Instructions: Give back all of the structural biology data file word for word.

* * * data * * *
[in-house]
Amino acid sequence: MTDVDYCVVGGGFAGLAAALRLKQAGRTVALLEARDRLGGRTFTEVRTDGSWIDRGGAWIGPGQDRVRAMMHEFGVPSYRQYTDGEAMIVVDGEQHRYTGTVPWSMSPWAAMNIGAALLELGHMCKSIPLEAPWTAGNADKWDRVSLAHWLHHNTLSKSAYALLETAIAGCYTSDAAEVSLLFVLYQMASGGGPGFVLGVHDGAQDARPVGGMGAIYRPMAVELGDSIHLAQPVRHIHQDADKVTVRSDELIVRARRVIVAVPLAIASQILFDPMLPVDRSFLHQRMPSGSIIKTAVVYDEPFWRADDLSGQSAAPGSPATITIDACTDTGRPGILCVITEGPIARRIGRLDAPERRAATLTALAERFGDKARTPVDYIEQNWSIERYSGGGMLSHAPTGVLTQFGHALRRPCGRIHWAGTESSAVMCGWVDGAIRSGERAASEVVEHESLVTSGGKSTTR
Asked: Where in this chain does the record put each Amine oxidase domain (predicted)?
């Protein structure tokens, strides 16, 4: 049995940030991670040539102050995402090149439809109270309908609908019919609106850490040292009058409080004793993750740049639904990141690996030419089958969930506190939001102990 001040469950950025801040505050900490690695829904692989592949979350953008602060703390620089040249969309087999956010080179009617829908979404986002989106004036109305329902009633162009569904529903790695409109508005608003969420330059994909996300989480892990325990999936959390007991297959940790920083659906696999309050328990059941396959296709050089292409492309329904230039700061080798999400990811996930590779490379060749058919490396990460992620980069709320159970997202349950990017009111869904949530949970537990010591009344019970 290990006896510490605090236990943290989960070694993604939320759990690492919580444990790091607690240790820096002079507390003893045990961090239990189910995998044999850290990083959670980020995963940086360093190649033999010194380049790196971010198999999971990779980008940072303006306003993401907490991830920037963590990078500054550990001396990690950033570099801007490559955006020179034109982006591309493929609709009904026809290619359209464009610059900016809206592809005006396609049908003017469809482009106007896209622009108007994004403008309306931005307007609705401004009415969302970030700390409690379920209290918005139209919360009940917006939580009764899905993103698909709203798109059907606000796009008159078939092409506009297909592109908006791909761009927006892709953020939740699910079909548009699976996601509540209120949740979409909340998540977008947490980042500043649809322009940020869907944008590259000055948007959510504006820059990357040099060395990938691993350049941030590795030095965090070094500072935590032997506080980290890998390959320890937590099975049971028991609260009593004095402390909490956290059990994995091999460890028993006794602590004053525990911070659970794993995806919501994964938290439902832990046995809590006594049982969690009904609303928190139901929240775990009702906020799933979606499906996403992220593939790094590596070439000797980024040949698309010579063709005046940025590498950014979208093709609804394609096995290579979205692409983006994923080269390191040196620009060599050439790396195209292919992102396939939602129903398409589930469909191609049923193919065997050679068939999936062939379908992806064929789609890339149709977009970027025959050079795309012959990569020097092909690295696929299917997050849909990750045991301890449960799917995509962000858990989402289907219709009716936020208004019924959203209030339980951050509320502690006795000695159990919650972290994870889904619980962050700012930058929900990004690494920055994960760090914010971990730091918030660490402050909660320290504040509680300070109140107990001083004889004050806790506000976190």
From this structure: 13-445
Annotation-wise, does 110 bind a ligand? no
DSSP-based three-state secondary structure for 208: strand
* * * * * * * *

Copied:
[in-house]
Amino acid sequence: MTDVDYCVVGGGFAGLAAALRLKQAGRTVALLEARDRLGGRTFTEVRTDGSWIDRGGAWIGPGQDRVRAMMHEFGVPSYRQYTDGEAMIVVDGEQHRYTGTVPWSMSPWAAMNIGAALLELGHMCKSIPLEAPWTAGNADKWDRVSLAHWLHHNTLSKSAYALLETAIAGCYTSDAAEVSLLFVLYQMASGGGPGFVLGVHDGAQDARPVGGMGAIYRPMAVELGDSIHLAQPVRHIHQDADKVTVRSDELIVRARRVIVAVPLAIASQILFDPMLPVDRSFLHQRMPSGSIIKTAVVYDEPFWRADDLSGQSAAPGSPATITIDACTDTGRPGILCVITEGPIARRIGRLDAPERRAATLTALAERFGDKARTPVDYIEQNWSIERYSGGGMLSHAPTGVLTQFGHALRRPCGRIHWAGTESSAVMCGWVDGAIRSGERAASEVVEHESLVTSGGKSTTR
Asked: Where in this chain does the record put each Amine oxidase domain (predicted)?
């Protein structure tokens, strides 16, 4: 049995940030991670040539102050995402090149439809109270309908609908019919609106850490040292009058409080004793993750740049639904990141690996030419089958969930506190939001102990 001040469950950025801040505050900490690695829904692989592949979350953008602060703390620089040249969309087999956010080179009617829908979404986002989106004036109305329902009633162009569904529903790695409109508005608003969420330059994909996300989480892990325990999936959390007991297959940790920083659906696999309050328990059941396959296709050089292409492309329904230039700061080798999400990811996930590779490379060749058919490396990460992620980069709320159970997202349950990017009111869904949530949970537990010591009344019970 290990006896510490605090236990943290989960070694993604939320759990690492919580444990790091607690240790820096002079507390003893045990961090239990189910995998044999850290990083959670980020995963940086360093190649033999010194380049790196971010198999999971990779980008940072303006306003993401907490991830920037963590990078500054550990001396990690950033570099801007490559955006020179034109982006591309493929609709009904026809290619359209464009610059900016809206592809005006396609049908003017469809482009106007896209622009108007994004403008309306931005307007609705401004009415969302970030700390409690379920209290918005139209919360009940917006939580009764899905993103698909709203798109059907606000796009008159078939092409506009297909592109908006791909761009927006892709953020939740699910079909548009699976996601509540209120949740979409909340998540977008947490980042500043649809322009940020869907944008590259000055948007959510504006820059990357040099060395990938691993350049941030590795030095965090070094500072935590032997506080980290890998390959320890937590099975049971028991609260009593004095402390909490956290059990994995091999460890028993006794602590004053525990911070659970794993995806919501994964938290439902832990046995809590006594049982969690009904609303928190139901929240775990009702906020799933979606499906996403992220593939790094590596070439000797980024040949698309010579063709005046940025590498950014979208093709609804394609096995290579979205692409983006994923080269390191040196620009060599050439790396195209292919992102396939939602129903398409589930469909191609049923193919065997050679068939999936062939379908992806064929789609890339149709977009970027025959050079795309012959990569020097092909690295696929299917997050849909990750045991301890449960799917995509962000858990989402289907219709009716936020208004019924959203209030339980951050509320502690006795000695159990919650972290994870889904619980962050700012930058929900990004690494920055994960760090914010971990730091918030660490402050909660320290504040509680300070109140107990001083004889004050806790506000976190």
From this structure: 13-445
Annotation-wise, does 110 bind a ligand? no
DSSP-based three-state secondary structure for 208: strand